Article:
Although this might have soured my personal volunteering experience, Project Umubano has had notable successes. In the past three years, the medical team has treated over 5,000 people. The private sector has established a twinning arrangement with Harvard Business School and the Saïd Business School at Oxford. The legal team was this year supported by lawyers from Allen and Overy, a firm which recently struck its own partnership with Rwanda.
But it was not just Rwandan development that Project Umubano helps – handily, it can also benefit the political careers of the volunteers.
Our group included Andrew Mitchell, the shadow International Development Secretary, Nick Hurd, shadow Minister for Charities, Social Enterprise and Volunteering, and Desmond Swayne, Parliamentary Private Secretary to David Cameron.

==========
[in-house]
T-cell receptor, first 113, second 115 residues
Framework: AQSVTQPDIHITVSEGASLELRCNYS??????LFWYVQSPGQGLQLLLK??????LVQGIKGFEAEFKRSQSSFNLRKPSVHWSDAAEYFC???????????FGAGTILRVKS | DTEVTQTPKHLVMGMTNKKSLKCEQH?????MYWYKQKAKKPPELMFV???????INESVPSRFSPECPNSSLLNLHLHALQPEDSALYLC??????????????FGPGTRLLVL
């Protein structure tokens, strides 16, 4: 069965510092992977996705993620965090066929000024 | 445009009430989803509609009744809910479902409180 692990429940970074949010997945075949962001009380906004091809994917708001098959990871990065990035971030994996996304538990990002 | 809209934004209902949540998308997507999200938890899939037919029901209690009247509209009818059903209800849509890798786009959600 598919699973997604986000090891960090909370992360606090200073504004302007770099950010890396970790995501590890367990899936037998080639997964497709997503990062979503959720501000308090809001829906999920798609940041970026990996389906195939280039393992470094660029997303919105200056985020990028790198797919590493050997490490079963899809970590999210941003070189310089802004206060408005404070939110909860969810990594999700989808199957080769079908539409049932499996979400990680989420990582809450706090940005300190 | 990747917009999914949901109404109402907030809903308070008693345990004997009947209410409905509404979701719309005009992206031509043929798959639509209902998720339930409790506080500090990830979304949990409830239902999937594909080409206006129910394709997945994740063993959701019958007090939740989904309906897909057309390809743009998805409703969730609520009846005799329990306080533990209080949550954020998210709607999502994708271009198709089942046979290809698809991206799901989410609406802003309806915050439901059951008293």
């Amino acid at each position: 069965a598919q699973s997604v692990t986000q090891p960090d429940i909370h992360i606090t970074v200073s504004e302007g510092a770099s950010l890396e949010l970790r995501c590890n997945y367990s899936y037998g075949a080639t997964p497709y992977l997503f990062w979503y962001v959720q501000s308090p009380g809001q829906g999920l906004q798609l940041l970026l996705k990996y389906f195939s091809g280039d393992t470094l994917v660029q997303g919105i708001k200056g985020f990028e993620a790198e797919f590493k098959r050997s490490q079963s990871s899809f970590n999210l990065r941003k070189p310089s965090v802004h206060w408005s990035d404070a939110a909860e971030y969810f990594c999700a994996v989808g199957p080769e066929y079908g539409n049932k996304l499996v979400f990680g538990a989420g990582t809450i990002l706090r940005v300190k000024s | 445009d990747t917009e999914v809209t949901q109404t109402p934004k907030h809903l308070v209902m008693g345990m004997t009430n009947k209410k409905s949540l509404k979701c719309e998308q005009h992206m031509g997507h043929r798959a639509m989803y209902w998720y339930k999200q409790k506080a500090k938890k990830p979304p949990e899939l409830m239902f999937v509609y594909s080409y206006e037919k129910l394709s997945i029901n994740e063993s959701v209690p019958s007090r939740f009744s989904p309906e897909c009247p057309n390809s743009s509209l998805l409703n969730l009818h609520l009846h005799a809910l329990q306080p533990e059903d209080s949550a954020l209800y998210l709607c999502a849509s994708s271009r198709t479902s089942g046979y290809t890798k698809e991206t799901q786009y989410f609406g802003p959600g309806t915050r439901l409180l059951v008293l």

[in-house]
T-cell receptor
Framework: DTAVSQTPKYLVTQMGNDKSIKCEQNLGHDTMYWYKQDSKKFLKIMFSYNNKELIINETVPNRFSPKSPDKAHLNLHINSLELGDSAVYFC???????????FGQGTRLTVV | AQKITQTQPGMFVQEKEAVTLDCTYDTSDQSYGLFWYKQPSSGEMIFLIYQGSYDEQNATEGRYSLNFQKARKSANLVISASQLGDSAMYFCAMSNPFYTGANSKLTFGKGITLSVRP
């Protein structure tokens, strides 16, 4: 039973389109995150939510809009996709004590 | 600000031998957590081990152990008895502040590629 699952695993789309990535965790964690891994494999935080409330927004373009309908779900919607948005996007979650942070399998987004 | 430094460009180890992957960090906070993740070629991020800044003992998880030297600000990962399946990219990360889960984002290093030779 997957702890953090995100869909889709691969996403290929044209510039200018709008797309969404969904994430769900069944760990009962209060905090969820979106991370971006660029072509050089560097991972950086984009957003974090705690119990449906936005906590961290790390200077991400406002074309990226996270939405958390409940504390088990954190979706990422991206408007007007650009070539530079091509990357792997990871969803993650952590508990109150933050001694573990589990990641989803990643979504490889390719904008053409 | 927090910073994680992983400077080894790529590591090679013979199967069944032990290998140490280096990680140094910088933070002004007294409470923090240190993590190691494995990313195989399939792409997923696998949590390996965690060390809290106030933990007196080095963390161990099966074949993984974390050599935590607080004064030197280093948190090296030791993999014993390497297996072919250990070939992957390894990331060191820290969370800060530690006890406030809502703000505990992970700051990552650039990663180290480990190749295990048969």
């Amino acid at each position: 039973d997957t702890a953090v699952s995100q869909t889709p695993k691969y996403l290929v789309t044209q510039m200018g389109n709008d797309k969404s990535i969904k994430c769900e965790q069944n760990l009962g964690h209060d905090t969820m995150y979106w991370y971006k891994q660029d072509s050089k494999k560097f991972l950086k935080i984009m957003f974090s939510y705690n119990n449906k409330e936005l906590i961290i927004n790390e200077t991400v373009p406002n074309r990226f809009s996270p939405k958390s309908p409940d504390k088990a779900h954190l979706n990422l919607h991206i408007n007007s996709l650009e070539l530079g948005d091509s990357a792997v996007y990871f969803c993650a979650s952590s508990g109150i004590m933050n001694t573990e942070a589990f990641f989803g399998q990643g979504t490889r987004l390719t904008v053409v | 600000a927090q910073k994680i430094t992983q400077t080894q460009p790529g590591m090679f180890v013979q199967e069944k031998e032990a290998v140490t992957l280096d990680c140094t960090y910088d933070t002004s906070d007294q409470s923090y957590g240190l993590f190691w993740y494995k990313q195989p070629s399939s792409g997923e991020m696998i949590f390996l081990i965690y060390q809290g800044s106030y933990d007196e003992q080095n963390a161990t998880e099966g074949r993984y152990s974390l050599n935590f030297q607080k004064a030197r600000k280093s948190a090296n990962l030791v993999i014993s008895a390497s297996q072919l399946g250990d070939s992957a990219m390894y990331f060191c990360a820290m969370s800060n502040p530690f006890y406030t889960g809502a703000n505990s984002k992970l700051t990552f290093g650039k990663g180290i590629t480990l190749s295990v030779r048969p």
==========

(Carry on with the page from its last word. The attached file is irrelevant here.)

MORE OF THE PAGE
The volunteers seized their chance to access this Westminster bubble and capitalise on the political acumen available thousands of miles from the pressures of home.
As one floppy-haired volunteer working on the private sector project remarked: "I'm here to make contacts, to network. I'm using it as an opportunity to get closer to people who can help my company."
The number of potential and actual parliamentary candidates on the trip meant it was hardly surprising that deals were struck over dinner, and the conversation rarely strayed from politics – primarily British, rather than Rwandan. Several possible parliamentary candidates were open about their hopes that the trip would help them to boost their political profiles, both within the party and with the electorate.
One candidate had even brought a stack of autographed photographs of himself to Rwanda, perhaps forgetting that he wasn't yet campaigning.